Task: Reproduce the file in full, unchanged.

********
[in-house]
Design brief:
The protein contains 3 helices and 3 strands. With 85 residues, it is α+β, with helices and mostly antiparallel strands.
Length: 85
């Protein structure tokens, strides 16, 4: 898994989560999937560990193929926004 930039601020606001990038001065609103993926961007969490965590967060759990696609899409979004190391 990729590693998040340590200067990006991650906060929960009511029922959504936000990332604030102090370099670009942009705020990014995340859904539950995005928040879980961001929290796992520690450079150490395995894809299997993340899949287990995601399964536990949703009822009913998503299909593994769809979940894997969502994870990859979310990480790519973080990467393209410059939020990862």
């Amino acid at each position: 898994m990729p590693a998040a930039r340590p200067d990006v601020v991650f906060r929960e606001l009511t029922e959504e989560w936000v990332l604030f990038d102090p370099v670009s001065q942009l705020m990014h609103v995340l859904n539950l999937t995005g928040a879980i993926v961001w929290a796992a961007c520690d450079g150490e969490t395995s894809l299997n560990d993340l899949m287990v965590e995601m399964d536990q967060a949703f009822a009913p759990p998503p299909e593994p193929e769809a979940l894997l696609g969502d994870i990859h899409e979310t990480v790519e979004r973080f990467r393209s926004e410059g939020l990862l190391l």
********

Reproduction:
[in-house]
Design brief:
The protein contains 3 helices and 3 strands. With 85 residues, it is α+β, with helices and mostly antiparallel strands.
Length: 85
């Protein structure tokens, strides 16, 4: 898994989560999937560990193929926004 930039601020606001990038001065609103993926961007969490965590967060759990696609899409979004190391 990729590693998040340590200067990006991650906060929960009511029922959504936000990332604030102090370099670009942009705020990014995340859904539950995005928040879980961001929290796992520690450079150490395995894809299997993340899949287990995601399964536990949703009822009913998503299909593994769809979940894997969502994870990859979310990480790519973080990467393209410059939020990862």
């Amino acid at each position: 898994m990729p590693a998040a930039r340590p200067d990006v601020v991650f906060r929960e606001l009511t029922e959504e989560w936000v990332l604030f990038d102090p370099v670009s001065q942009l705020m990014h609103v995340l859904n539950l999937t995005g928040a879980i993926v961001w929290a796992a961007c520690d450079g150490e969490t395995s894809l299997n560990d993340l899949m287990v965590e995601m399964d536990q967060a949703f009822a009913p759990p998503p299909e593994p193929e769809a979940l894997l696609g969502d994870i990859h899409e979310t990480v790519e979004r973080f990467r393209s926004e410059g939020l990862l190391l």